In Katesbridge, a small village in County Down was measured only -3.7°C (25°F) in Sunday, 27. September morning — it is the new lowest minimum temperature recorded in September in Northern Ireland in all-time history. /electroverse.net/
Previously, on Thursday, 24. September, Altnaharra in Scotland recorded a low of -5°C (23°F), the UK’s lowest September temperature since 1997. Temperatures in Corgarff and Boultenstone also reached -5,0°C. /electroverse.net/
These anomalies could be linked with the weakest Gulf stream for last 1600 years /https://www.theguardian.com/environment/2018/apr/11/critical-gulf-stream-current-weakest-for-1600-years-research-finds/ caused by climate change - in the Farm Strait, Labrador cold stream pushes Gulf stream to lower and more southern waters of northwest Atlantic and it is subsequently linked with more southerly path of the warm waters above the all Atlantic.
These changes are associated with a "Global warming hole" anomaly southwesterly from Iceland /more about Global Warming Hole here: https://mkweather.com/2020/07/17/siberian-heat-38c-100f-flowed-above-north-pole-arctic-ice-loss-reached-the-newest-mid-july-record-pattern-strenghing-global-warming-hole-anomaly-which-can-make-british-isles-cold-til//. This anomaly is during Arctic melting in autumn extremely strong and their arms is sending to the coasts of western and northwestern Europe, with unusual coldwaves, as at the end of September 2020 in Scotland and Northern Ireland.
Effect of the Global Warming hole is episodically seen on the coasts of western and northern Europe recently and is expected, that its power will be during the next decades stronger and stronger, with possible cooling effects of Great Britain and Ireland more than -5°C till 2100. It can be colder across the all coast of W/NW/N Europe from Portugal to Norway with cooling effect -1/-3°C, in some parts of NW Europe (e.g. Faroe Islands) -10°C.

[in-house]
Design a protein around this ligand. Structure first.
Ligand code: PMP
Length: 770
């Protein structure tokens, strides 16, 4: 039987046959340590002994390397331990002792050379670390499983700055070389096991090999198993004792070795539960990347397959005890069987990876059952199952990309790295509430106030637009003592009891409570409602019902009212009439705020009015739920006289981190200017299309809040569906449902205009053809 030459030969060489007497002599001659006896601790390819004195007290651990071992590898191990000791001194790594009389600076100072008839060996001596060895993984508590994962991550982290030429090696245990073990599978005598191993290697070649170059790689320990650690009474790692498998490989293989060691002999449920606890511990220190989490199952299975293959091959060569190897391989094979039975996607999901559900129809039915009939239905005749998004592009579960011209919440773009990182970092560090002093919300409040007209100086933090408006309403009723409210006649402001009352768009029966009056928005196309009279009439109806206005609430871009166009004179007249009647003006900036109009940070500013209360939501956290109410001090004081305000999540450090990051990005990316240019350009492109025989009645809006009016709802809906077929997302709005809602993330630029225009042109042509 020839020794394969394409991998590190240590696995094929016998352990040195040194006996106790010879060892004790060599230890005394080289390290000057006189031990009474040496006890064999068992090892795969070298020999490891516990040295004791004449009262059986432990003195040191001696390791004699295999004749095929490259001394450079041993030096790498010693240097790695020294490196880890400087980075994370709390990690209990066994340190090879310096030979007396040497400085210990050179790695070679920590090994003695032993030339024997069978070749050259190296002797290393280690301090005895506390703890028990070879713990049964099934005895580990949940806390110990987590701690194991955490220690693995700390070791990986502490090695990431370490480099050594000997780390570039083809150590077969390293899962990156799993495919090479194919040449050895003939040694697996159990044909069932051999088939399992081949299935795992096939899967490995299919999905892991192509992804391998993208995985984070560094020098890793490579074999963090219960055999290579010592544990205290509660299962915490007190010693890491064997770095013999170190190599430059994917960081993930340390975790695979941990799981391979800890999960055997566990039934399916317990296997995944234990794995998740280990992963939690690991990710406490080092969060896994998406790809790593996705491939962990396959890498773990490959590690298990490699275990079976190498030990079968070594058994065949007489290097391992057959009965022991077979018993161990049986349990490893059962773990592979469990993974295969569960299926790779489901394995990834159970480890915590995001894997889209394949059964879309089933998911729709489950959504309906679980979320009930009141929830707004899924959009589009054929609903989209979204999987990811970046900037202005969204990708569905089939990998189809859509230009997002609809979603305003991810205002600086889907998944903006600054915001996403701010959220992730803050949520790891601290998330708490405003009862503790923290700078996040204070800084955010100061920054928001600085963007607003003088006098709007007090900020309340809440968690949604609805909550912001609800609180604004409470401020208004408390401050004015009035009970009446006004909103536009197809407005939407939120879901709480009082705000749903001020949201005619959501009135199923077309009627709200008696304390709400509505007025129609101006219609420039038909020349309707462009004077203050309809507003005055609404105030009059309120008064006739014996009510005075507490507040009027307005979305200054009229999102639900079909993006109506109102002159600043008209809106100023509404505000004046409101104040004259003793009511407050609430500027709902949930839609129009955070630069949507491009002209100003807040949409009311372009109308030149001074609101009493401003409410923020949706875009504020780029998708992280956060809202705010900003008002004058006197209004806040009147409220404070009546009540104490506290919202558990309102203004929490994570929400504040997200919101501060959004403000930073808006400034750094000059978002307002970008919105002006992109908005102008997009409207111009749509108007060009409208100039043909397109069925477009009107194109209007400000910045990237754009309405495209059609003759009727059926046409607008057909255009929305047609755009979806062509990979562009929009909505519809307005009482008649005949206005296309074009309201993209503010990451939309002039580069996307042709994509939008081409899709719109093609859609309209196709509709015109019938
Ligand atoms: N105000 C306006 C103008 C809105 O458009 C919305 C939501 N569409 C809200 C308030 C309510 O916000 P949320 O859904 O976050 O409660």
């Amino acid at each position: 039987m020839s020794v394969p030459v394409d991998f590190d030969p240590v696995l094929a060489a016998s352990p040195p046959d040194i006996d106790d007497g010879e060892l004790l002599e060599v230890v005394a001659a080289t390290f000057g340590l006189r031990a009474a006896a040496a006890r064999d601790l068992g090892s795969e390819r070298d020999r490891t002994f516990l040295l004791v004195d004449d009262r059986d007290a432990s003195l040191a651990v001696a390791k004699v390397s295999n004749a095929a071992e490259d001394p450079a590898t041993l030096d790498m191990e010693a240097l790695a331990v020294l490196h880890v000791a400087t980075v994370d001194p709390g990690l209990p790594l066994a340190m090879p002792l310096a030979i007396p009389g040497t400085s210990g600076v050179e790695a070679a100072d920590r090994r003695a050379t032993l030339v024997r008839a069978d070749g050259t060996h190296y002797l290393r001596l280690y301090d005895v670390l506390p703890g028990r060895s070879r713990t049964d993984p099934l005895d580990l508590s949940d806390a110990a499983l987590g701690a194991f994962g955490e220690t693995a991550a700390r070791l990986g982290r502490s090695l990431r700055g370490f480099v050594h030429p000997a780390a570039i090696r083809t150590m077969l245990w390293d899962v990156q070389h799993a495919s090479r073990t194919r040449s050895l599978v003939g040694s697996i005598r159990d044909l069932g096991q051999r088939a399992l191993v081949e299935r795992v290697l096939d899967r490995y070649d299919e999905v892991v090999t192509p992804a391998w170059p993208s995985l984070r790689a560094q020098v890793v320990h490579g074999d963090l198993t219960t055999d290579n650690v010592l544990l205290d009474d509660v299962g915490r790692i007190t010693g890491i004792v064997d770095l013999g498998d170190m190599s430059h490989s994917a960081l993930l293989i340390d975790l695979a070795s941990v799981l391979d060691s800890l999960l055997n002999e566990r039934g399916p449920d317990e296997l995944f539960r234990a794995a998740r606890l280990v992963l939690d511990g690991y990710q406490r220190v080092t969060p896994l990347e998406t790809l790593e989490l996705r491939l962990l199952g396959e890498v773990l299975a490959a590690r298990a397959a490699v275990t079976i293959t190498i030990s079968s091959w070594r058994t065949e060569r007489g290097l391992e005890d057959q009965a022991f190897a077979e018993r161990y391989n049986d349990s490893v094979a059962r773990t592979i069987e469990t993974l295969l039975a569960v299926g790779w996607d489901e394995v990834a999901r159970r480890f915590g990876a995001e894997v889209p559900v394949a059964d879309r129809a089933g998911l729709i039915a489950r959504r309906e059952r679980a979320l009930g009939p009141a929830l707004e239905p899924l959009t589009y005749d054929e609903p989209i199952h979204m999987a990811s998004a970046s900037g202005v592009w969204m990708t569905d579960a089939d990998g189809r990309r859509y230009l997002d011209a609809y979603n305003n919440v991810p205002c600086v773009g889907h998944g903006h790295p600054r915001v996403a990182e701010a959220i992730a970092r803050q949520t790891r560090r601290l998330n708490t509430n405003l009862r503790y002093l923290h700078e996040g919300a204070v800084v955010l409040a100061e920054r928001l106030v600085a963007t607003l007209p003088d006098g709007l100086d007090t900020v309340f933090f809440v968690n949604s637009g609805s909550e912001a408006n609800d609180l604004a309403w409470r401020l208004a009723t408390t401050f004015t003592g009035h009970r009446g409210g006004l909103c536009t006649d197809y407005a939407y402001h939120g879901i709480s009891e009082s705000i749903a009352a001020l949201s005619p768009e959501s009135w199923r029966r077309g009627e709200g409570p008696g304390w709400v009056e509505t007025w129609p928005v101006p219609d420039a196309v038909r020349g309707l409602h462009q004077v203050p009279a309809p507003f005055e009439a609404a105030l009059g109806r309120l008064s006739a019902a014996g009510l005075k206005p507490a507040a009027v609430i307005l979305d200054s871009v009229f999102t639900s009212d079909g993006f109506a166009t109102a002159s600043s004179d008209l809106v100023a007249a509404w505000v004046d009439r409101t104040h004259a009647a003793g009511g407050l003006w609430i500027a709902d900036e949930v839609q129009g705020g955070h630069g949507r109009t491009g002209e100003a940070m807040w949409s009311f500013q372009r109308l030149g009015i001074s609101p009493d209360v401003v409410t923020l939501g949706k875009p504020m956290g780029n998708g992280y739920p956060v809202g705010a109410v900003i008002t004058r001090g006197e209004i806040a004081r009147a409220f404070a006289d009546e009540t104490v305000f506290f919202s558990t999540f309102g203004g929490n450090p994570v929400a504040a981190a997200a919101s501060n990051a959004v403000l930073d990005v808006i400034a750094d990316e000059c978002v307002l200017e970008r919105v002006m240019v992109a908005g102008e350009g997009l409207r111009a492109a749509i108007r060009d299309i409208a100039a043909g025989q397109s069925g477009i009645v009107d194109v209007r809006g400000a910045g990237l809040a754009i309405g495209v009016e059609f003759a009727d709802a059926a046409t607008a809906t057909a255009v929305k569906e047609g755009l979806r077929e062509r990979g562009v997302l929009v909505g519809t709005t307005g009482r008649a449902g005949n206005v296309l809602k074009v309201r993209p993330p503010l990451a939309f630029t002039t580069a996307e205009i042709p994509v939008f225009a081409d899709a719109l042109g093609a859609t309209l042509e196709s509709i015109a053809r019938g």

Furthermore, cold ocean surface temperature anomaly is linked with southerly shift of stormtrack (tracks of Icelandic lows) in the region, mainly in the autumn, after record-melting seasons in Arctic. Results can be colder and more rainy, cloudy and windy autumns in parts of Europe. Mkweather seasonal forecast for Autumn 2020 is linked with these changes, too /https://mkweather.com/2020/08/22/europe-autumn-2020-forecast-mkweather-accuweather-maps-and-analysis//. Situation is often persisting up to winter /https://mkweather.com/2020/07/29/first-forecast-for-winter-2020-21-early-powerful-coldwaves-nov-dec-then-weakening-of-cold-pattern-and-warm-jan-feb-mar/; https://mkweather.com/2020/09/24/updated-forecast-for-winter-2020-21-still-nao-ao-in-first-half-of-winter-nao-ao-in-second-half-of-winter-permanent-la-nina-and-surprisingly-easterly-qbo-possible//, although, there are more important parameters such as Global Change, sometimes (NAO, AO, ENSO, QBO, MJO,...).
it remains to be hoped that the worst-case scenarios will not realize until 2100, or maybe, sooner, around 2050, with possible collapse of Gulf stream circulation and very unexpected next Little Ice Age in parts of Europe despite of general widespread global warming. Global Warming Hole over Northern Atlantic is namely the largest cooling anomaly in the world nowadays.
Cold waters from Arctic pushes Gulf stream to more southern tracks:
Trend of surface temperature in the world during the period 1901-2012, with evident Global Warming Hole southwesterly from Iceland
Projection of expected temperature until year 2100 with extreme Global Warming Hole reaching of up to northern and western Europe
Difference between the coldest and the warmest year during Little Ice Age - with evident warmer Northern Atlantic during the peak of Little Ice Age (reverse than during global warming):
Rahmstrof, S., Box, J.E., Feulner, G., Mann, M.E., Robinson, A., Rutherford, S., Schaffernicht, E.J., 2015. Exceptional twentiethcentury slowdown in Atlantic Ocean Overturning circulation, Nature Clim. Change, publ. online 23 March
Hansen J., Sato M., Hearty P., Ruedy R., Kelley M., Masson-Delmotte V., Russell G., Tselioudis G., Cao J., Rignot E., Velicogna I.,
Tormey B., Donovan B., Kandiano E., von Schuckmann K., Kharecha P., Legrande A. N., Bauer M., a Lo K.-W., 2016.: Ice
melt, sea level rise and superstorms: evidence from paleoclimate data, climate modeling, and modern observations that 2 °C
global warming could be dangerous, Atmos. Chem. Phys., 16, 3761-3812, doi:10.5194/acp-16-3761-2016.